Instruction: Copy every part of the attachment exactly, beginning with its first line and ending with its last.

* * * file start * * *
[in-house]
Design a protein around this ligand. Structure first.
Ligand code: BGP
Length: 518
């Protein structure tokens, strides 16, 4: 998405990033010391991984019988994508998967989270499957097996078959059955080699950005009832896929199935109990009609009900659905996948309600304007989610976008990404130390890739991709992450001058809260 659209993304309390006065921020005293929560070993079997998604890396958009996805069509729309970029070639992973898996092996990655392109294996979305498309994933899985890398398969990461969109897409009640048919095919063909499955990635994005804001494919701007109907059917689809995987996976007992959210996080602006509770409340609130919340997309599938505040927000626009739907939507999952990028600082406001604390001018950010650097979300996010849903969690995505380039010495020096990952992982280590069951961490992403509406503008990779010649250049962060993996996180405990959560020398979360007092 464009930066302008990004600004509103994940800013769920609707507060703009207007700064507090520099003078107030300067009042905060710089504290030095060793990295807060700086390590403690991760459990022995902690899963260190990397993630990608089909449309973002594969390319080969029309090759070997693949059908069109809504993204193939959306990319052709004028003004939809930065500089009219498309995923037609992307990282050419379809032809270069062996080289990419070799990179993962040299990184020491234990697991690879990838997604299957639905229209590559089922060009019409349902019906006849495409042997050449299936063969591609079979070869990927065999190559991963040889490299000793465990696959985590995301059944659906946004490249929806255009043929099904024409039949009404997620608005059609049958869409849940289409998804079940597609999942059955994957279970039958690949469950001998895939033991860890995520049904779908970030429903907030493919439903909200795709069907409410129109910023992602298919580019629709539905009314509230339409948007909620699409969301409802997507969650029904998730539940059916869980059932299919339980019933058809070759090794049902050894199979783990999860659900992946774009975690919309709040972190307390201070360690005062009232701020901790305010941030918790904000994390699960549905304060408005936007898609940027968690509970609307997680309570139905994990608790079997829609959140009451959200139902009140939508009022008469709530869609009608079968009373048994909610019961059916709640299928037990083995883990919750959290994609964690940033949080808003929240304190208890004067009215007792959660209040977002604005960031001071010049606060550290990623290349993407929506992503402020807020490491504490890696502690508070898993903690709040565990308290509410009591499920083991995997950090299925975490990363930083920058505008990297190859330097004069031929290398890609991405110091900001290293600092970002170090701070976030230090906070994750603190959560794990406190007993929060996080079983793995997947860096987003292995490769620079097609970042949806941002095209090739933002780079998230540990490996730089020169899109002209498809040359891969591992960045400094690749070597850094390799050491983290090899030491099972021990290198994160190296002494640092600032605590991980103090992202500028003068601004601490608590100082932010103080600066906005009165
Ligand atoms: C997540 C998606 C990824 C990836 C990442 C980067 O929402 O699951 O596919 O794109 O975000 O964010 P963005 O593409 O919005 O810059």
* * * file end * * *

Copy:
[in-house]
Design a protein around this ligand. Structure first.
Ligand code: BGP
Length: 518
């Protein structure tokens, strides 16, 4: 998405990033010391991984019988994508998967989270499957097996078959059955080699950005009832896929199935109990009609009900659905996948309600304007989610976008990404130390890739991709992450001058809260 659209993304309390006065921020005293929560070993079997998604890396958009996805069509729309970029070639992973898996092996990655392109294996979305498309994933899985890398398969990461969109897409009640048919095919063909499955990635994005804001494919701007109907059917689809995987996976007992959210996080602006509770409340609130919340997309599938505040927000626009739907939507999952990028600082406001604390001018950010650097979300996010849903969690995505380039010495020096990952992982280590069951961490992403509406503008990779010649250049962060993996996180405990959560020398979360007092 464009930066302008990004600004509103994940800013769920609707507060703009207007700064507090520099003078107030300067009042905060710089504290030095060793990295807060700086390590403690991760459990022995902690899963260190990397993630990608089909449309973002594969390319080969029309090759070997693949059908069109809504993204193939959306990319052709004028003004939809930065500089009219498309995923037609992307990282050419379809032809270069062996080289990419070799990179993962040299990184020491234990697991690879990838997604299957639905229209590559089922060009019409349902019906006849495409042997050449299936063969591609079979070869990927065999190559991963040889490299000793465990696959985590995301059944659906946004490249929806255009043929099904024409039949009404997620608005059609049958869409849940289409998804079940597609999942059955994957279970039958690949469950001998895939033991860890995520049904779908970030429903907030493919439903909200795709069907409410129109910023992602298919580019629709539905009314509230339409948007909620699409969301409802997507969650029904998730539940059916869980059932299919339980019933058809070759090794049902050894199979783990999860659900992946774009975690919309709040972190307390201070360690005062009232701020901790305010941030918790904000994390699960549905304060408005936007898609940027968690509970609307997680309570139905994990608790079997829609959140009451959200139902009140939508009022008469709530869609009608079968009373048994909610019961059916709640299928037990083995883990919750959290994609964690940033949080808003929240304190208890004067009215007792959660209040977002604005960031001071010049606060550290990623290349993407929506992503402020807020490491504490890696502690508070898993903690709040565990308290509410009591499920083991995997950090299925975490990363930083920058505008990297190859330097004069031929290398890609991405110091900001290293600092970002170090701070976030230090906070994750603190959560794990406190007993929060996080079983793995997947860096987003292995490769620079097609970042949806941002095209090739933002780079998230540990490996730089020169899109002209498809040359891969591992960045400094690749070597850094390799050491983290090899030491099972021990290198994160190296002494640092600032605590991980103090992202500028003068601004601490608590100082932010103080600066906005009165
Ligand atoms: C997540 C998606 C990824 C990836 C990442 C980067 O929402 O699951 O596919 O794109 O975000 O964010 P963005 O593409 O919005 O810059």